The more popular makes we know or have heard of, JD, McD, Case, Oliver etc., but it would be a mistake to assume that their’s were the only serviceable makes of planters from a hundred years ago. Fact is, most innovation and engineering daring came from the smaller companies which were swallowed whole or just disappeared. (Think of Studebaker, Tucker or Hudson?) LRM
Various methods are used to drop the kernels of corn into the soil, but the specially designed corn planters are used most for this purpose. Such planters are: the hand, the one-row, the two-row drill, and the two- and four-row check-row.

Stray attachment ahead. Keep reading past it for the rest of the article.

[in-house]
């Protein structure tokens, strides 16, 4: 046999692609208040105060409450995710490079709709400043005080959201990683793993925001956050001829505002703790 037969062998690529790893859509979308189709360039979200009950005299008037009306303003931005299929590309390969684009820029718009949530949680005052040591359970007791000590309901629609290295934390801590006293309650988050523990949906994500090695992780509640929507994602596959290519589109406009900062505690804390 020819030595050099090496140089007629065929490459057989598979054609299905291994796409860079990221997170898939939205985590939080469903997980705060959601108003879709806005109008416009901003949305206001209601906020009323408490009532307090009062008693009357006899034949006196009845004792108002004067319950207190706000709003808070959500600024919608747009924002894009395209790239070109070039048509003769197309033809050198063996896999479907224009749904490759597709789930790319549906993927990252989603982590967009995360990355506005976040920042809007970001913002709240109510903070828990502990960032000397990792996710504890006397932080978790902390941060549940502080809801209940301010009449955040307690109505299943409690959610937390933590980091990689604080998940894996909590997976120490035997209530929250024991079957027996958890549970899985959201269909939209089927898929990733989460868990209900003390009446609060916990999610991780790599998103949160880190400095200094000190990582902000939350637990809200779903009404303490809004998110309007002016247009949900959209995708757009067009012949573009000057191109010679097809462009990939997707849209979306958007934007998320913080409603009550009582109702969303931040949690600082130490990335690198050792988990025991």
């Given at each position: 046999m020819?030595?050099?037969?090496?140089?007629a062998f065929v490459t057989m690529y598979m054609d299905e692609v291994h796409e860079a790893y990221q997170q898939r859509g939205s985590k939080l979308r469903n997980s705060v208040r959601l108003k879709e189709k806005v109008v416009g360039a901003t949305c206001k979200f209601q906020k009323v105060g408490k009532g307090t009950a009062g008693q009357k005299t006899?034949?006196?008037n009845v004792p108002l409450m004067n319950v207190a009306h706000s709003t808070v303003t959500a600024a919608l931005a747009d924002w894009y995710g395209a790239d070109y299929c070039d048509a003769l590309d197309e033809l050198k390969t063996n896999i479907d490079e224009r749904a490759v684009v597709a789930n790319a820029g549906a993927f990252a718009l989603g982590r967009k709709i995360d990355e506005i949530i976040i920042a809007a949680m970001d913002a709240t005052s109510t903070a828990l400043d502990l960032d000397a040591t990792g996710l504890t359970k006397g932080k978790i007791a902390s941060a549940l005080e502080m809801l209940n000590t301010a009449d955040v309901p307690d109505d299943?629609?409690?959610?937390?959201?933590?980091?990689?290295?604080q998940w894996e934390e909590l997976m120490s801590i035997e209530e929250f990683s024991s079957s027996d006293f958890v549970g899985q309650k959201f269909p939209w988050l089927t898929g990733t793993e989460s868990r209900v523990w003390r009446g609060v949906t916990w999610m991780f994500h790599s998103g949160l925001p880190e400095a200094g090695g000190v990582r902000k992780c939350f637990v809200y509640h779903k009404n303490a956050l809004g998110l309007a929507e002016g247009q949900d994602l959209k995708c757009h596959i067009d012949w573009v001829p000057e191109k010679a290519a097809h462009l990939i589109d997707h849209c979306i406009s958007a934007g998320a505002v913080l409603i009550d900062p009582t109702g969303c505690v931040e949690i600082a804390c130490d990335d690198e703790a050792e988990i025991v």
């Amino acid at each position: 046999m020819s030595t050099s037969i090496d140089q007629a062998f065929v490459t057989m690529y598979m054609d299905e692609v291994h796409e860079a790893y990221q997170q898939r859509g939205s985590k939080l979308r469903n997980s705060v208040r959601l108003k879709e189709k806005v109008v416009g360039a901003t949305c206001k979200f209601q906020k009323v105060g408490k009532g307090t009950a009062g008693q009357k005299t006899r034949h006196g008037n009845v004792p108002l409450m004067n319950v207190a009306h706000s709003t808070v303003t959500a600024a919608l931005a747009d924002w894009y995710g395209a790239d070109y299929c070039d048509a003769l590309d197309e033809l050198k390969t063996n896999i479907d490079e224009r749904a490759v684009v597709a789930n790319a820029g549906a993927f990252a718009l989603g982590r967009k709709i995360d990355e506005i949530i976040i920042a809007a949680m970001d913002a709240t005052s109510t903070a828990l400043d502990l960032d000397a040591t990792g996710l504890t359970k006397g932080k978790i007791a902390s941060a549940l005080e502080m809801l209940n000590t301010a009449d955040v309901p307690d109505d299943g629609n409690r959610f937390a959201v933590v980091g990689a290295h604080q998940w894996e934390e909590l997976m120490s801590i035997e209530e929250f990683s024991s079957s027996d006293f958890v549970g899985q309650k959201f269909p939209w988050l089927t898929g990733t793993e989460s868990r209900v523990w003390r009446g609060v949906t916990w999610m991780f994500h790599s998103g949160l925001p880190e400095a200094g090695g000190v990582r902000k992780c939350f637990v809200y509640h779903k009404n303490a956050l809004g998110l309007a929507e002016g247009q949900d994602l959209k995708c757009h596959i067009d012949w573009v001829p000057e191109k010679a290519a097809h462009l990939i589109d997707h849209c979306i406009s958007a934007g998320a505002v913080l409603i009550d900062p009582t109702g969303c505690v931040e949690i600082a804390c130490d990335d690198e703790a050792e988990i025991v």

Always fill the seed boxes alike – if they fail to feed down uniformly – look for trouble. Don’t run the seed supply too low in the boxes – examine it occasionally and dump any accumulation of butts, or oddly shaped seeds. Examine the box bottoms, seed pawls and plates for obstructions – bits of cobb, husk or twine. Replace the retainer rings correctly and latch the boxes down securely.
Perfection in dropping corn is what is most desired by all farmers, and we claim, without fear of successful contradiction, that, in the Diamond Planter, we have the most perfect planter made, not only in respect to accurate dropping, but also in convenience and durability – two other very important considerations. We have made a careful study the past season of the fields planted with the Diamond Planter, and those planted with other planters, on some of which the manufacturers are making great claims of “accurate dropping,” and the results only strengthen us in our position that the Diamond has no equal.